Since 2012 is the 40th anniversary of the 1972 Munich Olympics massacre, Israel thought it had leverage in lobbying for a moment of silence, but as in previous years, the The International Olympic Committee rejected that request. Activists and members of the victims' families have lobbied for the recognition in the past, but per The New York Times' Mary Pilon, this was a rare year when the Israeli government advocated on their behalf as well. It still didn't work.
Since a group of Palestinian terrorists kidnapped and killed 11 Israeli athletes in a failed bid to force Israel to release Palestinian prisoners during the Summer Olympics in Munich in 1972, "Israel has regularly requested a moment of silence for the Olympics every four years, and the IOC has consistently turned down that proposal," the American Jewish Committee wrote in a dejected-sounding press release. It rankles Israel and the AJC that the IOC allowed American athletes to enter the stadium with a flag from the World Trade Center in 2002 but, as they see it, still hasn't done enough to officially commemorate the 1972 attack.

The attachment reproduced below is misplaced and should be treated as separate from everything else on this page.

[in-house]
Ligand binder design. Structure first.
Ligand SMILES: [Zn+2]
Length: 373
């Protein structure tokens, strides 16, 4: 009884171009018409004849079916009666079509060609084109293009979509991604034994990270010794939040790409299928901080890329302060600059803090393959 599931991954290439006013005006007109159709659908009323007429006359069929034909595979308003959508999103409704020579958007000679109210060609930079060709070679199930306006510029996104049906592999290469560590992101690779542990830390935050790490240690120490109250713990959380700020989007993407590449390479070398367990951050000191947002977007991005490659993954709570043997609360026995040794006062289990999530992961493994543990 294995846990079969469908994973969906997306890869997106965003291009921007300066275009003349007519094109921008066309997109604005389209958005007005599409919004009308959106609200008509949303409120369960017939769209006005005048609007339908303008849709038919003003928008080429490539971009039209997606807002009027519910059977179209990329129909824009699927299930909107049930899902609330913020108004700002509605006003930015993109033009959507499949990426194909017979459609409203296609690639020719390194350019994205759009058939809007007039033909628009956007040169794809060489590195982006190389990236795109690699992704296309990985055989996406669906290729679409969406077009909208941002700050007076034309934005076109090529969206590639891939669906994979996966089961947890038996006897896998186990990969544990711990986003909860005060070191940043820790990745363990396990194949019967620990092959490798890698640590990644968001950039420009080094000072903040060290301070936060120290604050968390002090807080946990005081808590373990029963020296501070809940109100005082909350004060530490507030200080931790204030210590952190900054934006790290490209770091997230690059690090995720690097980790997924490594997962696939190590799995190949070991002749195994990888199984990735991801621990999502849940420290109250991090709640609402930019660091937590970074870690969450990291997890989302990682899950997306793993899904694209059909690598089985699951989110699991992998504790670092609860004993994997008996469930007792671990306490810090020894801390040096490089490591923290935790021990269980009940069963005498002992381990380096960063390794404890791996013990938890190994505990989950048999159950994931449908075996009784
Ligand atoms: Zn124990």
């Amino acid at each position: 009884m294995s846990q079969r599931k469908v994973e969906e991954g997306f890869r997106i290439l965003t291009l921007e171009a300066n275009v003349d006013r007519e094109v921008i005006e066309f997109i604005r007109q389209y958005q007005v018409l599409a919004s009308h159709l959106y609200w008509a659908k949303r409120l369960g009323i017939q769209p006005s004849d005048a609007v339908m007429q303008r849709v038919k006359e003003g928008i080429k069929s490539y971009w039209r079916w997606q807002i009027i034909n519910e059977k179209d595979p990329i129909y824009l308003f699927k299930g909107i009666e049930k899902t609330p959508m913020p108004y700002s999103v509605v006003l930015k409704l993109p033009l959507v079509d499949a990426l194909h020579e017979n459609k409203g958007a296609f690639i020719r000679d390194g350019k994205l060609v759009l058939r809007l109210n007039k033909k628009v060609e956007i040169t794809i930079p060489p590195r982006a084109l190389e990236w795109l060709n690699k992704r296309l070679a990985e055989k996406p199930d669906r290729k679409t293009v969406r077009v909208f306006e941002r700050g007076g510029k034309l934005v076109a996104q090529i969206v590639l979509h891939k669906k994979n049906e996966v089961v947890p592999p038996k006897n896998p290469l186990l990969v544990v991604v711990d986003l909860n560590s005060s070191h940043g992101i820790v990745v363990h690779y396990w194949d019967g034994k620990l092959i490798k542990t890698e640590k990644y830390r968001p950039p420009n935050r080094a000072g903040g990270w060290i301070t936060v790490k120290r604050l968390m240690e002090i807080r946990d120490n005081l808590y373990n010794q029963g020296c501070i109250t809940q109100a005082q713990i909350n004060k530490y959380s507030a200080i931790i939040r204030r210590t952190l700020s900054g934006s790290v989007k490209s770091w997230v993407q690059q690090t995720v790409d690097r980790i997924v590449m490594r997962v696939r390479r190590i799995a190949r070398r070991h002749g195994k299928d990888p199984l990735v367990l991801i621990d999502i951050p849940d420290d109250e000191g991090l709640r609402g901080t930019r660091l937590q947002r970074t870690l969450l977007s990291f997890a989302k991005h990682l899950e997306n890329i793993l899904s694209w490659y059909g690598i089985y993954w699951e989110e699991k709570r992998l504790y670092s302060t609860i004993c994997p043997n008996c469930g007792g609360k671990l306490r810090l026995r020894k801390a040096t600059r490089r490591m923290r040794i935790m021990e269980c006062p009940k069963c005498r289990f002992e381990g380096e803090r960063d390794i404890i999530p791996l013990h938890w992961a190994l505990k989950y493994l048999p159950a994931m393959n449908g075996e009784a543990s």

The IOC maintains that it has. In 2002, The Los Angeles Times Alan Abrahamson wrote, "It has been the contention of IOC leaders that they have repeatedly honored those killed. They point to a memorial service the day after the Sept. 5, 1972, attack and, more recently, comments during the closing ceremony of the 1996 Atlanta Summer Games as well as remarks by IOC President Jacques Rogge's this week during an all-delegates session in Salt Lake City." The IOC has said it would be open to future official tributes, but so far it hasn't actually allowed them.
This article is from the archive of our partner The Wire.